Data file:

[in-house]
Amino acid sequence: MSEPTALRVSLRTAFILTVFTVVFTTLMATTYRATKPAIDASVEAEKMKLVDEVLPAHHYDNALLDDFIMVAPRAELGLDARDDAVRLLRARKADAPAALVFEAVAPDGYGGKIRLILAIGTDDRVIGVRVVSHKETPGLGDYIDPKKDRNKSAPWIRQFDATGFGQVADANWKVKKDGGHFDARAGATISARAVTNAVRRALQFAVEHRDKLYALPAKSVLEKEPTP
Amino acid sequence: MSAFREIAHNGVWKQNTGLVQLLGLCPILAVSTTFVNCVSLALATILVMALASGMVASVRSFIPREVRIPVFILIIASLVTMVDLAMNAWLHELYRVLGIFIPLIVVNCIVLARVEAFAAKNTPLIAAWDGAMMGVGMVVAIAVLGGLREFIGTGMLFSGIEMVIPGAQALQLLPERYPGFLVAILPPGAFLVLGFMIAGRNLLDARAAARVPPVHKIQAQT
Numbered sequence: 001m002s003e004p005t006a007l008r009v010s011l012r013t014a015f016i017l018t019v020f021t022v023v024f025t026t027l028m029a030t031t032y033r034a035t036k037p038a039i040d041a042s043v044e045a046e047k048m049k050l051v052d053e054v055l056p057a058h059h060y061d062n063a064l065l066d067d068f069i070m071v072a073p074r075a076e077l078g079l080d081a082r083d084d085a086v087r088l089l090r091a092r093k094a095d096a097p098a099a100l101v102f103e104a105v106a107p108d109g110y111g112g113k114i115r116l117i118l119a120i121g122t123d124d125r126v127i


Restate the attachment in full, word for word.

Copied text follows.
[in-house]
Amino acid sequence: MSEPTALRVSLRTAFILTVFTVVFTTLMATTYRATKPAIDASVEAEKMKLVDEVLPAHHYDNALLDDFIMVAPRAELGLDARDDAVRLLRARKADAPAALVFEAVAPDGYGGKIRLILAIGTDDRVIGVRVVSHKETPGLGDYIDPKKDRNKSAPWIRQFDATGFGQVADANWKVKKDGGHFDARAGATISARAVTNAVRRALQFAVEHRDKLYALPAKSVLEKEPTP
Amino acid sequence: MSAFREIAHNGVWKQNTGLVQLLGLCPILAVSTTFVNCVSLALATILVMALASGMVASVRSFIPREVRIPVFILIIASLVTMVDLAMNAWLHELYRVLGIFIPLIVVNCIVLARVEAFAAKNTPLIAAWDGAMMGVGMVVAIAVLGGLREFIGTGMLFSGIEMVIPGAQALQLLPERYPGFLVAILPPGAFLVLGFMIAGRNLLDARAAARVPPVHKIQAQT
Numbered sequence: 001m002s003e004p005t006a007l008r009v010s011l012r013t014a015f016i017l018t019v020f021t022v023v024f025t026t027l028m029a030t031t032y033r034a035t036k037p038a039i040d041a042s043v044e045a046e047k048m049k050l051v052d053e054v055l056p057a058h059h060y061d062n063a064l065l066d067d068f069i070m071v072a073p074r075a076e077l078g079l080d081a082r083d084d085a086v087r088l089l090r091a092r093k094a095d096a097p098a099a100l101v102f103e104a105v106a107p108d109g110y111g112g113k114i115r116l117i118l119a120i121g122t123d124d125r126v127i